Campaigning for the illegal status of students is admirable, especially when so many of those students and young adults had no say in their course in life. In my opinion, and as a product of immigrants myself, we should always embrace and welcome the positive contributions from those seeking to experience and become a part of American life. We also need to honor and respect that process, and with that said, I believe that someone like Mr. Vargas would equally serve his cause by not only campaigning for the rights of undocumented immigrants who have been educated in the United States, but also campaign for new immigrants to follow the legal path of entry and citizenship into this country.


Like this comment
Posted by American citizen
a resident of Mountain View
on Jun 23, 2011 at 9:59 am

Smart, optimistic, successful young people like Mr. Vargas are the future of our country. Our country is much stronger with them than without them. We should not be suppressing them through out-dated immigration laws.

The DREAM Act was originally supported by many Republicans, but has now languished as the Republicans try to shut down everything associated with Obama. Can't they realize that this sort of political nonsense hurts the whole country more than it hurts Obama?


Like this comment
Posted by Sylvia
a resident of Midtown
on Jun 23, 2011 at 11:01 am

The Dream Act needs to be passed. There are many young people who were either sent, like Mr. Vargas, or were accompanied by their parents in order to enter the country illegally. These people go to school in the US, speak perfect, unaccented English, and consider themselves Americans. I cannot see a reason for withholding a path to citizenship from these people. They have done no wrong because they made no choice when they entered the country illegally.


Like this comment
Posted by An Outsider
a resident of Downtown North
on Jun 23, 2011 at 11:08 am

I agree with Les, as a non-American working here on a Visa I feel that Mr Vargas is EXACTLY the type of person this country needs. On the otherhand I am a well educated individual working at a "world class institution" and have to fight with Immigration over visa issues every three years. Exasperating and expensive so why should some people get an apparent free ride?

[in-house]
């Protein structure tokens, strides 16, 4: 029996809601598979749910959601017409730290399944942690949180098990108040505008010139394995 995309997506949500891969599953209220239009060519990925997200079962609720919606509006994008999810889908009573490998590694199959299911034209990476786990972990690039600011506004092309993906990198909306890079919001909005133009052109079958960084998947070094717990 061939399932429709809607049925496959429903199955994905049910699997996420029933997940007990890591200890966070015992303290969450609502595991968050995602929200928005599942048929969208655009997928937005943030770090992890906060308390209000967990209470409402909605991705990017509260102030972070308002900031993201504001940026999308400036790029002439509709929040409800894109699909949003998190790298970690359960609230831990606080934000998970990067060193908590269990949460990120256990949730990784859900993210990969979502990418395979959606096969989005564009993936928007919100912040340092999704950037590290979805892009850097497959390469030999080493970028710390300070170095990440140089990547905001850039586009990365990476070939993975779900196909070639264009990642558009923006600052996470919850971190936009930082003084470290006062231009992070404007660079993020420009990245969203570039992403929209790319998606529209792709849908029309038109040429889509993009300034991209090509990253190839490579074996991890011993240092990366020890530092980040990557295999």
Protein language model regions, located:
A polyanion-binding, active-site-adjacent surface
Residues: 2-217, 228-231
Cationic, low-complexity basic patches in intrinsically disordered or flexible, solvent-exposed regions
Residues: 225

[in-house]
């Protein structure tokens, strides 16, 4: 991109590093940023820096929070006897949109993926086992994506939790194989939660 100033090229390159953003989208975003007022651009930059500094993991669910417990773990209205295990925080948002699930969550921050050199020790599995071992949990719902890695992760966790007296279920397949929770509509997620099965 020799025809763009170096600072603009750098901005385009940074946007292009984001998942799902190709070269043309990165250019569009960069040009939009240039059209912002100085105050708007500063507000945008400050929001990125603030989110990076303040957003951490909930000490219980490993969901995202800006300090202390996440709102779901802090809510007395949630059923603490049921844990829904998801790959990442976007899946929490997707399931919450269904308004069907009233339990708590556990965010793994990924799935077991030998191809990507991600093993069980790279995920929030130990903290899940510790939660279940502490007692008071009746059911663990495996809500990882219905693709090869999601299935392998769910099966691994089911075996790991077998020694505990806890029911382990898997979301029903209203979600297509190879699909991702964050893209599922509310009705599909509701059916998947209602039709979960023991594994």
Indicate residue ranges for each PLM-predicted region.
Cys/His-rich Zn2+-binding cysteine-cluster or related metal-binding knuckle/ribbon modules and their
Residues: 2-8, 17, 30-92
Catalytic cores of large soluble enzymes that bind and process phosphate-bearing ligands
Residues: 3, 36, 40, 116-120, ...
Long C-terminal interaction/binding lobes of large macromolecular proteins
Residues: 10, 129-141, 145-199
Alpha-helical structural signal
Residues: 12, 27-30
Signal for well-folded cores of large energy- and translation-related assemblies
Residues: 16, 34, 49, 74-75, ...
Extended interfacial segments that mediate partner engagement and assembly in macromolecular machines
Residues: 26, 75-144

Like this comment
Posted by Observer
a resident of Mountain View
on Jun 23, 2011 at 11:17 am

@An Outsider: It shouldn't be such a big hassle for people like you, that should also be part of immigration reform. I don't think Vargas (and others like him) has had such a "free" ride when you take into account the fear & stress he has lived under all his life. But the point of the DREAM act is that these are motivated and hard working people who have lived in the US since childhood. They had no say in coming here or staying here, but it is the only home they know, and they are as "American" as any other kid. To send them back to a country where they know no one, often don't even speak the language, or to deny them the opportunity to get a college degree, thereby earning their US citizenship and make meaningful contributions to American society, is just mean-spirited and, frankly, as stupid as hassling people like you every 3 years.


Like this comment
Posted by LWW
a resident of Mountain View
on Jun 23, 2011 at 11:40 am

A political party which supports illegal activity as a way to garner votes is wrong. For a person to want to help someone out of compassion is a normal human trait but if it is outside the laws of the nation that person lives in that is also wrong. The Mountain View educators took a short term view to a long term problem and that was wrong.


Like this comment
Posted by Resident
a resident of Another Palo Alto neighborhood
on Jun 23, 2011 at 12:39 pm